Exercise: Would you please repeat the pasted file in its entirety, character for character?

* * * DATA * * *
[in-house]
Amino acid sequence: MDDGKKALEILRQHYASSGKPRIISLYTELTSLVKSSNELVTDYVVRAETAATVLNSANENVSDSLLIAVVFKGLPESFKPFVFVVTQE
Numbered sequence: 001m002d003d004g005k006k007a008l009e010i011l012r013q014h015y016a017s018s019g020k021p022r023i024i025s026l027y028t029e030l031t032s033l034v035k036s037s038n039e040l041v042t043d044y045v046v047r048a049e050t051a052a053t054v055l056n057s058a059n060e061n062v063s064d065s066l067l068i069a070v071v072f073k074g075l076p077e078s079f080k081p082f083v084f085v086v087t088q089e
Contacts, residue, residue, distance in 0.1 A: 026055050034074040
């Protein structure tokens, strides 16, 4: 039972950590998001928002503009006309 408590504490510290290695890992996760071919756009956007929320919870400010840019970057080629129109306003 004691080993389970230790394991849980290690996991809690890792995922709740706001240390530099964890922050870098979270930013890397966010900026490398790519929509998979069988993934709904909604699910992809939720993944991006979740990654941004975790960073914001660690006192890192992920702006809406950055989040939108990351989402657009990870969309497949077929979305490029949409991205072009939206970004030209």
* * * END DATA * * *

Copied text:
[in-house]
Amino acid sequence: MDDGKKALEILRQHYASSGKPRIISLYTELTSLVKSSNELVTDYVVRAETAATVLNSANENVSDSLLIAVVFKGLPESFKPFVFVVTQE
Numbered sequence: 001m002d003d004g005k006k007a008l009e010i011l012r013q014h015y016a017s018s019g020k021p022r023i024i025s026l027y028t029e030l031t032s033l034v035k036s037s038n039e040l041v042t043d044y045v046v047r048a049e050t051a052a053t054v055l056n057s058a059n060e061n062v063s064d065s066l067l068i069a070v071v072f073k074g075l076p077e078s079f080k081p082f083v084f085v086v087t088q089e
Contacts, residue, residue, distance in 0.1 A: 026055050034074040
């Protein structure tokens, strides 16, 4: 039972950590998001928002503009006309 408590504490510290290695890992996760071919756009956007929320919870400010840019970057080629129109306003 004691080993389970230790394991849980290690996991809690890792995922709740706001240390530099964890922050870098979270930013890397966010900026490398790519929509998979069988993934709904909604699910992809939720993944991006979740990654941004975790960073914001660690006192890192992920702006809406950055989040939108990351989402657009990870969309497949077929979305490029949409991205072009939206970004030209």